There is no doubt that the coronavirus disease 2019 (COVID-19) pandemic is taking a heavy toll on the Sustainable Development Goals (SDGs), particularly those related to health. However, Dr. Matshidiso Moeti, director of the WHO’s African Region, sees a silver lining in terms of research and development (R&D), innovation, and international collaboration in Africa as a result of the outbreak.


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In this pandemic, the pace of R&D and international collaboration is unlike anything we have seen previously in Africa, Moeti told SciDev.Net in an exclusive interview 5 May 2020.

Dr Matshidiso Moeti, WHO Regional Director for Africa.

So far, Africa has fewer COVID-19 cases than many other regions of the world. Why is this so?

The virus reached other parts of the world before Africa, and since its arrival on the continent on 14 February, many African countries quickly implemented lockdowns and physical distancing measures and this has slowed the spread of the virus.

“If cases continue to increase rapidly in African countries, health systems will not be able to cope.” Matshidiso Rebecca Natalie Moeti, WHO Regional Office for Africa

One of the biggest challenges we face in Africa is the acute shortage of test kits. The first step in fighting COVID-19 is knowing where the virus is circulating, and this is why testing is so important.

However, in the African region, on average nine tests are being conducted per 10,000 people. This is much lower than that of countries such as Italy where more than 200 tests per 10,000 people have been conducted. We are working with governments, development partners, scientists and the private sector to scale-up availability and equitable access, and this is an urgent priority.

The median age of Africa’s 1.2 billion people is 19.7 years. How is this playing out in the pandemic?

With the preliminary data we have, we are observing more severe illness in older people similar to other parts of the world. However, so far, the average age among those who have lost their lives is 52 years, which is younger than in other parts of the world.

Globally, we are seeing that up to 10–15 per cent of people under 50 who have COVID-19 will have moderate to severe infection. Therefore, it’s important that people of all ages follow the public health measures of hand hygiene, physical distancing, respiratory etiquette and disinfecting surfaces to protect themselves and their communities.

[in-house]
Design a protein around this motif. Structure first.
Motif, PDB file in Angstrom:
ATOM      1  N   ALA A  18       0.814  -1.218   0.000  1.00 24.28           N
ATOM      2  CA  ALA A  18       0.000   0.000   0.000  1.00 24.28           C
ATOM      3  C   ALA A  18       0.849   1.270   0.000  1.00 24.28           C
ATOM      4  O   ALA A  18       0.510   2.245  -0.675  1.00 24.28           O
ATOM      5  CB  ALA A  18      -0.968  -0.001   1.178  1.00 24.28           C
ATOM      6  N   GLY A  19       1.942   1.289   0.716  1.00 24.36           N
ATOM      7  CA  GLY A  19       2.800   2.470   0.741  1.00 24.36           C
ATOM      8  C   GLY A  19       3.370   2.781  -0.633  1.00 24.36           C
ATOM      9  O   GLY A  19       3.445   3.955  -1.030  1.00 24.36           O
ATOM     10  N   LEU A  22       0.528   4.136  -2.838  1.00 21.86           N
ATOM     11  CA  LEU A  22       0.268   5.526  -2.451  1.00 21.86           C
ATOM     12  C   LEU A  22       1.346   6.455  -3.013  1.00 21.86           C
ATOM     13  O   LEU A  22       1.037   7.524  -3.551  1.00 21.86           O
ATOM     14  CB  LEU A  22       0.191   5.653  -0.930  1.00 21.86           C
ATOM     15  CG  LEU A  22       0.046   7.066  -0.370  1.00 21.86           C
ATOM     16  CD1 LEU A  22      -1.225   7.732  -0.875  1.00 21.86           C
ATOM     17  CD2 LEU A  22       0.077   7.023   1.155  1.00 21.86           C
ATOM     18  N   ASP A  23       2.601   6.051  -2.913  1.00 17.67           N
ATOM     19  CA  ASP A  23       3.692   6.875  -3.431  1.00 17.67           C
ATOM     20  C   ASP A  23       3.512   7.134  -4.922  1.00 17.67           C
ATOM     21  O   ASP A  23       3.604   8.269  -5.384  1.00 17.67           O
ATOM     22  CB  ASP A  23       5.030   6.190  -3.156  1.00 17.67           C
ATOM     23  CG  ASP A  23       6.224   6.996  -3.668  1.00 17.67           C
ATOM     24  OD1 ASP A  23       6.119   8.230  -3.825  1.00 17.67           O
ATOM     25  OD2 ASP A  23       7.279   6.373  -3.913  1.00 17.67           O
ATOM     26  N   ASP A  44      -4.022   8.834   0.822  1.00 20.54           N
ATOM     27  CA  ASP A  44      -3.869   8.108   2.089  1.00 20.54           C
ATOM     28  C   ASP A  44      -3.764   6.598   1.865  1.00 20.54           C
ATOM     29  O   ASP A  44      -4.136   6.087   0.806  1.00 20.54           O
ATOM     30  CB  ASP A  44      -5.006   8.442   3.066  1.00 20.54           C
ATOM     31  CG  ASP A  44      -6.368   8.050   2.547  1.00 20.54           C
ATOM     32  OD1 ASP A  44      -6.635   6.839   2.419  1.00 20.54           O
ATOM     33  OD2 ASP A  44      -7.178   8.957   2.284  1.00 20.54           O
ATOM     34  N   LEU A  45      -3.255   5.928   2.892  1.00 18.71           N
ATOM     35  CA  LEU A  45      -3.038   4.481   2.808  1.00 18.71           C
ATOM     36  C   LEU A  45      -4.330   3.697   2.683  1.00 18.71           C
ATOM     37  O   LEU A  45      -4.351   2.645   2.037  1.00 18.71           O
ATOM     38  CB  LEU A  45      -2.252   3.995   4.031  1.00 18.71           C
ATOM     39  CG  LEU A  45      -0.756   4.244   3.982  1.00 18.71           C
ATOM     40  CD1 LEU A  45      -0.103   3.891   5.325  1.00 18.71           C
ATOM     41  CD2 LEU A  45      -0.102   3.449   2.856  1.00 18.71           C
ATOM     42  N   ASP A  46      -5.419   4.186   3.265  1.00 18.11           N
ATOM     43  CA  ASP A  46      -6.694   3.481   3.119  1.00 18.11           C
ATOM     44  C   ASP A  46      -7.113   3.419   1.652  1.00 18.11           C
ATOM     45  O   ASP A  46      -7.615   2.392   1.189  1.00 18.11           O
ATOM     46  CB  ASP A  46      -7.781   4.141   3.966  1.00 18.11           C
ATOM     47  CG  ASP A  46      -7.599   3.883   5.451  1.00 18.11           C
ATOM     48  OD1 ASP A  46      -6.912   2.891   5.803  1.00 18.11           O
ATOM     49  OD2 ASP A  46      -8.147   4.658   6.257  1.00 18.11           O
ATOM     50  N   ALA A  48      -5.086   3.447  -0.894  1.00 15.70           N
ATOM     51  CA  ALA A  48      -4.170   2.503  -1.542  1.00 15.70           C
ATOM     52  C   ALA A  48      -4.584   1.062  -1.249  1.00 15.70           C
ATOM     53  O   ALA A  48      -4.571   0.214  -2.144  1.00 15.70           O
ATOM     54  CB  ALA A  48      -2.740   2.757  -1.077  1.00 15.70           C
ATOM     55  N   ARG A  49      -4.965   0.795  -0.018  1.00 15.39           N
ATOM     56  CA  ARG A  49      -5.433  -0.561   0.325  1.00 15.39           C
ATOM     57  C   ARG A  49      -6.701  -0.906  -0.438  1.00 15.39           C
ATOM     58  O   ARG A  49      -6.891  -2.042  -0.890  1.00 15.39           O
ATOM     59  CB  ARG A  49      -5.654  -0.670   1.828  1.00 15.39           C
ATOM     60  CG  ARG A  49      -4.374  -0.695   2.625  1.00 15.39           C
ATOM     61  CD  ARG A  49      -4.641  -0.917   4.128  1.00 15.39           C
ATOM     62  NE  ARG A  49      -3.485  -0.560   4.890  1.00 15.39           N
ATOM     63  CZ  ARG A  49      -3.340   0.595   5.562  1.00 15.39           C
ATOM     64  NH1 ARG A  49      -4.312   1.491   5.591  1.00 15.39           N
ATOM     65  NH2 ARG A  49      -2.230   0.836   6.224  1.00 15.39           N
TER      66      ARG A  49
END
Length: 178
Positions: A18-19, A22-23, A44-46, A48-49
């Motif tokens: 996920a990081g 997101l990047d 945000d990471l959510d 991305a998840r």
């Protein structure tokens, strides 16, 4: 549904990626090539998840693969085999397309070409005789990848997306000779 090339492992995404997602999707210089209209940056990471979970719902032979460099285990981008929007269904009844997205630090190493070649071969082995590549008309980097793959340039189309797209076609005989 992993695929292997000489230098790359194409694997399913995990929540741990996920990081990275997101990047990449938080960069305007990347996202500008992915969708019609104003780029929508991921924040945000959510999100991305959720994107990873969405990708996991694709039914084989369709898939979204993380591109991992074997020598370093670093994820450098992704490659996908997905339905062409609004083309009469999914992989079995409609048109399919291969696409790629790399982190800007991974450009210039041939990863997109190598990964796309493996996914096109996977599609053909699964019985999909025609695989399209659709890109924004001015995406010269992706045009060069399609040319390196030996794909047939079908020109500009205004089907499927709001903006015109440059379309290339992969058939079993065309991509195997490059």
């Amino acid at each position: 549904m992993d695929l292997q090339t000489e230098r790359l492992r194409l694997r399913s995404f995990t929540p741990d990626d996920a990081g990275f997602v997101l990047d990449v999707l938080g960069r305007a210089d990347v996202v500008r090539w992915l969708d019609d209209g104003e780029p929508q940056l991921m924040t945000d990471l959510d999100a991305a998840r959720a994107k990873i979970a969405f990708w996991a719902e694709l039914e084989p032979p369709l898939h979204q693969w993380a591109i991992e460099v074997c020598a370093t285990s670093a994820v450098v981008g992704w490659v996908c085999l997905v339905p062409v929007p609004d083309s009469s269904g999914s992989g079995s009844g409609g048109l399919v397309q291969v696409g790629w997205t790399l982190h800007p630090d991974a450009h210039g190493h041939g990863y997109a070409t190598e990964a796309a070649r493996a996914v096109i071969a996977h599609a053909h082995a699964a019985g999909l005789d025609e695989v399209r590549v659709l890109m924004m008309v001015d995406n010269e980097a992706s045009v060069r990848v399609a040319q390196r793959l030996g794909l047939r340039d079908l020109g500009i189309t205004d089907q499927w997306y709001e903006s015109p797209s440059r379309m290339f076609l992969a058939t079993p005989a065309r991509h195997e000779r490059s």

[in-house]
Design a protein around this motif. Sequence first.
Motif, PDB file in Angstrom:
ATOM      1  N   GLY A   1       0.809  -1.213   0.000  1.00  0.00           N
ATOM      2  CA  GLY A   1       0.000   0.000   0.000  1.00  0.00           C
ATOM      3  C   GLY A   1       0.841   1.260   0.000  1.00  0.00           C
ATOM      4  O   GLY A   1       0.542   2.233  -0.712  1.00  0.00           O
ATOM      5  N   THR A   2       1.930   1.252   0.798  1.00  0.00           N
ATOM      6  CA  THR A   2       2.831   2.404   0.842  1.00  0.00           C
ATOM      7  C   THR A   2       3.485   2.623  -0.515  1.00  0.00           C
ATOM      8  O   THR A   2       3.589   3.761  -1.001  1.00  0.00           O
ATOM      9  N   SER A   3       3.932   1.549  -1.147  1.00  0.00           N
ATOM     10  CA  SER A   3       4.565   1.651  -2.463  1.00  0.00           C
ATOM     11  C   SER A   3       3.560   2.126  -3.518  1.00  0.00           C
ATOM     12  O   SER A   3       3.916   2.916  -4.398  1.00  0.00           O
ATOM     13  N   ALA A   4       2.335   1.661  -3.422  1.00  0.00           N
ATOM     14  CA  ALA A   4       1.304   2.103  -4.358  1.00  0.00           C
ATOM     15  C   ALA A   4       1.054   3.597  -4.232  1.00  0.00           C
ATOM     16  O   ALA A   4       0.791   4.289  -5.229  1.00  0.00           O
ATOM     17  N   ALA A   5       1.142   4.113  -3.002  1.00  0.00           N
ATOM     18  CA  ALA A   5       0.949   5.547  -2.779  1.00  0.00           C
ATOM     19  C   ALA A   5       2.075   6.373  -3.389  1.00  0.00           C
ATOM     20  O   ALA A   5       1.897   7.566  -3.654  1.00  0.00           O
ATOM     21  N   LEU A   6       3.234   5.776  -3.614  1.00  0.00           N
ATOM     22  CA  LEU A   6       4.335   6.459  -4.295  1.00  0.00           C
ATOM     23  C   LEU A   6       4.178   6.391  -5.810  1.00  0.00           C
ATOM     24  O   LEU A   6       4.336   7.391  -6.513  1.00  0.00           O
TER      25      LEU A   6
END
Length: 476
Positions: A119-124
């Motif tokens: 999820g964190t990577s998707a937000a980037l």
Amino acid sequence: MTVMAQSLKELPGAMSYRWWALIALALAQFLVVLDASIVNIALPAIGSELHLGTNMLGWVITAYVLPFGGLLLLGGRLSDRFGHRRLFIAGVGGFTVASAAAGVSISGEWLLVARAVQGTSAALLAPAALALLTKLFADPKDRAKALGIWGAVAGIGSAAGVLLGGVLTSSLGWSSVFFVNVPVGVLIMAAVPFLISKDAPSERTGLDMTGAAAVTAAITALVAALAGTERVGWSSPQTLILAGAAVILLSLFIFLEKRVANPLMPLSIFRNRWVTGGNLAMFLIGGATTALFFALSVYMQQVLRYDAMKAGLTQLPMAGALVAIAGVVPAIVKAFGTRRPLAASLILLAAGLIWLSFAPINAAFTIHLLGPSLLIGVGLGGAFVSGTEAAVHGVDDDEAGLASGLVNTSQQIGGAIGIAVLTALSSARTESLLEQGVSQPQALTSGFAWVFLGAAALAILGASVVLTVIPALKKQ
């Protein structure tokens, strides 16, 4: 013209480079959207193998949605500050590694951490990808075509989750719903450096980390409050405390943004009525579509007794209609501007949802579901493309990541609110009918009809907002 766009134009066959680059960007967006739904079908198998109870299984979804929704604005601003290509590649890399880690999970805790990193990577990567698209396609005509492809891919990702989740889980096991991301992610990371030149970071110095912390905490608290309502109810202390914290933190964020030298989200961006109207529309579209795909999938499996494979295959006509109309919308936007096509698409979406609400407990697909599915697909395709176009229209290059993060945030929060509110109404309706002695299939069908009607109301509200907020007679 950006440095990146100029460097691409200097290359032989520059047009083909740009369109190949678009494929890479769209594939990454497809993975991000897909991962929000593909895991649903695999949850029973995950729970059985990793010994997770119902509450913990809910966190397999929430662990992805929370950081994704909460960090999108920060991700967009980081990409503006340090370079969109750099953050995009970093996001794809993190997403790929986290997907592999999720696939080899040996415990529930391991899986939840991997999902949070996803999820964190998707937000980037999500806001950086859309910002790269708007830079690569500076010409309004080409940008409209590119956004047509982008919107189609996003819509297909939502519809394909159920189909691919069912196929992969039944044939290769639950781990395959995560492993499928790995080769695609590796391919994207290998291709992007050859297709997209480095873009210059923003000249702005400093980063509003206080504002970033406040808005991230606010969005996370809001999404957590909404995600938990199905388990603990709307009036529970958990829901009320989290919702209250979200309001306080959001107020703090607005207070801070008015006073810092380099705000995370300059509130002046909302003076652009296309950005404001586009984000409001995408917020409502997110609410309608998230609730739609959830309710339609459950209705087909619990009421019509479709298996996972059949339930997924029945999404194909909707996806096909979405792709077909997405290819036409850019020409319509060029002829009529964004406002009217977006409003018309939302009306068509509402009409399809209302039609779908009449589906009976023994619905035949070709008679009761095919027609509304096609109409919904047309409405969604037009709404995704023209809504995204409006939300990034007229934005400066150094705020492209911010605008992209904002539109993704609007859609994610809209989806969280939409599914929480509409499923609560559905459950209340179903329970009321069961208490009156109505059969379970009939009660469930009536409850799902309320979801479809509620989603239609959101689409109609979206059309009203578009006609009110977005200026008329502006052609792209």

Malnutrition, anaemia, malaria, HIV/AIDS and tuberculosis are prevalent in Africa. Will these complicate COVID-19 control?

There are two considerations. First, this is a new disease in which people with underlying conditions suffer more severe illness with COVID-19. We need to analyse transmission patterns to understand the severity among people with HIV/AIDS, TB, malaria and other diseases. South Africa, for instance, is actively tracking the HIV-positive population to identify how COVID-19 could impact HIV.

The second consideration is ensuring that health systems are not overwhelmed by COVID-19 and that routine services continue to be provided, including treatment for chronic diseases, safe deliveries for mothers, and immunisation for children. For example, a recent analysis found that if insecticide-treated bed net distribution stops and case management reduces, malaria deaths in Sub-Saharan Africa could double in comparison to 2018.

Thus, we are working with countries and partners to continue providing essential services, while at the same time protecting health workers and communities from COVID-19.

Social cohesion and social gatherings are of great importance in Africa. How could these cultural factors influence physical distancing in combating COVID-19?

Social cohesion in Africa is potentially a great advantage that we can use to mobilise communities to stop the spread of this virus and we are working with community leaders, civil society groups and others such as the UNICEF and the Red Cross to strengthen grassroots action.

Several religious leaders have advised their congregations to pray at home and families are adjusting, as in other countries, by speaking on the phone rather than visiting. Communities can also help with surveillance, contact tracing and sharing accurate information on this disease in addition to adhering to preventive measures such as physical distancing.